For one thing, I feel like I am doing exactly what I should be doing with my time. That is, working toward a career goal and dedicating myself to my family. On the other hand, part of what I feel when I look at an empty screen staring back at me is a sense that I have betrayed or otherwise departed from the spirit with which I started blogging.”

Today was a Saturday like any other. We got up late, I made an egg sandwich, and we stepped outside to accomplish something a week day won’t afford us. Today it was a trip up to East Harlem to shop for (primarily) food. There is a Costco and a Target in a sort of outdoor stacked mall, and we like to visit them both in one trip to maximize our time. After what it took to get up there today, I’m afraid to go back.

First, for some context. We live between 1st and 2nd avenues. Both avenues send traffic in a single direction – 1st goes uptown, and 2nd goes downtown. On either avenue, the M15 bus runs every 10 minutes or so. We like this bus line because it is generally reliable, and it was one of the first in the city to feature their newest bus models (complete with backwards doors that confuse the elderly, of which there are many in our neighborhood). Within the last month or so, MTA, in its wisdom, created a new variety of bus service called “Select.” The concept is to be faster than a local bus by stopping less and having patrons pay their fare on the street, all without costing more. Since express buses cost $5.50 a ride, I’m glad to have an alternative. But today, the new service showed its ugly side, and it cost us about an hour of valuable daylight.

We got to the bus stop closest to our place, only to watch 3 of them pass us, without a nod from any of the drivers (not even the one we tried frantically to flag down). Since two of them were the elusive “Select” bus, a service neither of us had tried, we figured we should head up to where they were stopping a few blocks north and give it a shot. So we went up there and paid. While we waited, we read the sign posted at the bus stop that shows its schedule (buses, unlike subway trains, follow a specific schedule to the minute). Even though the city had made it clear that no buses on 1st avenue were following their schedule today, we wanted to give the Select buses the benefit of the doubt. They’re new, after all, and should not be jaded and bored like most of the services and people who have been around for a while. These buses also squandered our patience. After standing there for another 15 minutes, we realized we had left the apartment without our shopping bags or our shopping list, so we returned to our apartment, annoyed, but confident that a bus wouldn’t come in the time it would take us to get there and back anyway. When we returned, equipped to trek back home with way too much bulk food, there were still plenty of people there. Score? We did pass a local bus, which refused to let us get on with our Select fair receipts. This still doesn’t make sense to either of us, and Amber was quite annoyed.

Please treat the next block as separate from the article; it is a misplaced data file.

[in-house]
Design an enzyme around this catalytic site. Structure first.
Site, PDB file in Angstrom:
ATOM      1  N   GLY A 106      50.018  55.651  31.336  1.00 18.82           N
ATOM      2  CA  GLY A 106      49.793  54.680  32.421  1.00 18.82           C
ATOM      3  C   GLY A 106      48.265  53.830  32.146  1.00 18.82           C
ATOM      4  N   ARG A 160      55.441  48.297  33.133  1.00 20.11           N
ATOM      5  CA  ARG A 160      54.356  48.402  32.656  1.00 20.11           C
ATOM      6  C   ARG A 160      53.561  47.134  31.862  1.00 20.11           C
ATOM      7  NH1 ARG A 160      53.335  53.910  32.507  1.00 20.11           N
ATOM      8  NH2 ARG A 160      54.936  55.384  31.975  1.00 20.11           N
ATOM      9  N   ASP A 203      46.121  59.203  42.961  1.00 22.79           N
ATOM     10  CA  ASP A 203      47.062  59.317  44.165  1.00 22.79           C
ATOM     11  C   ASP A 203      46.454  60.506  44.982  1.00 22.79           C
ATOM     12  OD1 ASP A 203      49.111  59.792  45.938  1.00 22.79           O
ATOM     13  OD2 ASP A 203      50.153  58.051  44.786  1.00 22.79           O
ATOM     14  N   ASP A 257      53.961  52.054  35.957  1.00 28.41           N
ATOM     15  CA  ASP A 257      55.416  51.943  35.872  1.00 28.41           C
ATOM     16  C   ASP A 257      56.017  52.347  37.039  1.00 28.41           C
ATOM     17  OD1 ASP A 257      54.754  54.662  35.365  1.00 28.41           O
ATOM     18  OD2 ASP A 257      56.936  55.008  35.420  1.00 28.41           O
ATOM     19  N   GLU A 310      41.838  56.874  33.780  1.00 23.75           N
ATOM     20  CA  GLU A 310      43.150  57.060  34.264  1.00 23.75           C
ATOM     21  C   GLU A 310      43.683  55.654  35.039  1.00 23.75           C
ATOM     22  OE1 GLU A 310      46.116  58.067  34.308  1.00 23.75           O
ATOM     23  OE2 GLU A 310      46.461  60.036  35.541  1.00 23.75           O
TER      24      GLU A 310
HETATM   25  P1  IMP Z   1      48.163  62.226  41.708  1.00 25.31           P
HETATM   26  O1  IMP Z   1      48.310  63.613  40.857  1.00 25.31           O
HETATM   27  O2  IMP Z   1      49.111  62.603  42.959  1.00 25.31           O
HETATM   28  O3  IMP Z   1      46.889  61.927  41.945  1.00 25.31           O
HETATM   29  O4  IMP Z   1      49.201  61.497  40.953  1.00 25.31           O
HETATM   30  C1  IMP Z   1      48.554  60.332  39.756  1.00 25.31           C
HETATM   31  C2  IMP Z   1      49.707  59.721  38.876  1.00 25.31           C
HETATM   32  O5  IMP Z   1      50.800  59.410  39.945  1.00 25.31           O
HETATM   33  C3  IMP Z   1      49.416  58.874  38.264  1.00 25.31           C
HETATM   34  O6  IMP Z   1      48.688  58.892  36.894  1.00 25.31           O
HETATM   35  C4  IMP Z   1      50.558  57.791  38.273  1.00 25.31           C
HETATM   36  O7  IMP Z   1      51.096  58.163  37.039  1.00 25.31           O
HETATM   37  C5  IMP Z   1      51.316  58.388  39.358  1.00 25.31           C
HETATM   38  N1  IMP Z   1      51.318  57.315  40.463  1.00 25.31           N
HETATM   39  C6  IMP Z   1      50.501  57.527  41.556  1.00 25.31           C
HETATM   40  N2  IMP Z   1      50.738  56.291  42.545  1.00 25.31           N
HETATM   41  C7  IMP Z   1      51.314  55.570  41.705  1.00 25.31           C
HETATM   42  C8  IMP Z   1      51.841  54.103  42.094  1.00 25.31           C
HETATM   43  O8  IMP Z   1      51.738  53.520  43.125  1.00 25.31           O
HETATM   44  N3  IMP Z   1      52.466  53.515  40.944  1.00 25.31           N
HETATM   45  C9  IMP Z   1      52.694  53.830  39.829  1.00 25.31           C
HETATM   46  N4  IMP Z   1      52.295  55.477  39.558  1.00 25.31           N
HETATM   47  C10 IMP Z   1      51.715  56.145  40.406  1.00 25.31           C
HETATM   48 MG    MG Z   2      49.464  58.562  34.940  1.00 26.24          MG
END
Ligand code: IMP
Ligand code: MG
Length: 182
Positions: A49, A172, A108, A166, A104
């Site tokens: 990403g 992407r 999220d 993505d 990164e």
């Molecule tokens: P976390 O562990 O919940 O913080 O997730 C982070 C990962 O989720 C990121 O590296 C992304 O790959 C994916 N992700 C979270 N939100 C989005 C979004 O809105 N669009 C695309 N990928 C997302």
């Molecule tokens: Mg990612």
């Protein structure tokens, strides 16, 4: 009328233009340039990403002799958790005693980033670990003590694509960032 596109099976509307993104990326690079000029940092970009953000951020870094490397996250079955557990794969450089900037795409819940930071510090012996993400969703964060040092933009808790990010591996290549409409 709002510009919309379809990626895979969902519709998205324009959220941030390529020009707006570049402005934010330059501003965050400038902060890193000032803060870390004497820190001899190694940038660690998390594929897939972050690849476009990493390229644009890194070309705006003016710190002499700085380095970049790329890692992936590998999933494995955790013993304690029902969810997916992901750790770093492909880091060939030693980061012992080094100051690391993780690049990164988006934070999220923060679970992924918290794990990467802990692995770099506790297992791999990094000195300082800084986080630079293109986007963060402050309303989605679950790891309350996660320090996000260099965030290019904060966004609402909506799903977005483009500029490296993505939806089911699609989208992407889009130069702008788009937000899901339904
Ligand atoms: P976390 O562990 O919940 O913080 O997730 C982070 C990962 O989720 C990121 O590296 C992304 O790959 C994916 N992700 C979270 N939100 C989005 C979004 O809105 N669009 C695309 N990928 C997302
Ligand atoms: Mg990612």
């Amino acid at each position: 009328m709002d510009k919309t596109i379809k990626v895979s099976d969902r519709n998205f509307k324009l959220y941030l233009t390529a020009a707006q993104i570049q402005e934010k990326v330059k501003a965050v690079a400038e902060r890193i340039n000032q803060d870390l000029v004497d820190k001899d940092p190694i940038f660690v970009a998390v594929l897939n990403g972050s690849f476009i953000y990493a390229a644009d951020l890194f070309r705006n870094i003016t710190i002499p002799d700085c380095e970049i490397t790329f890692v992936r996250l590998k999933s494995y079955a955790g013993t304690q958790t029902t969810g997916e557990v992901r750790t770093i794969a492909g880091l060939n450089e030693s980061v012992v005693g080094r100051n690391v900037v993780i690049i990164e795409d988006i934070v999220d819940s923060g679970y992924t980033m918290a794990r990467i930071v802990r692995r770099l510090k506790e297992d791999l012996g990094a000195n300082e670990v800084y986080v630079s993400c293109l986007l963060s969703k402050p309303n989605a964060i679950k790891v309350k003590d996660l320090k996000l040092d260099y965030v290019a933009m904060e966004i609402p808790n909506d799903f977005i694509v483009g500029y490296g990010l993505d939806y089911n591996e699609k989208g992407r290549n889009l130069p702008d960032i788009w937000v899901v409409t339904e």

Once I had talked Amber down and the bus we were allowed to ride finally came, it actually got us up there in record time. Only making four stops to 116th street meant a quick ride. All activities considered, including the 10 minute self-imposed trip back home, it took us an hour to travel 40 blocks. More than half of that time was spent watching empty buses pass us. So if you’re from around here, let me know how the Select bus works out for you. If you’re not, stick with the train unless you have a day to kill.

We love shopping at Costco because you can get a lot of shopping done at once while saving a lot of money. Our location sells Breitling watches and Burberry handbags, which is pretty funny. That’s off topic, but worth mentioning because I’m pretty sure they’re getting sued to stop. Anyway, that was our day, and now you know what it’s like to shop for food in New York. Enjoy your cars, suburbanites! We miss ours daily.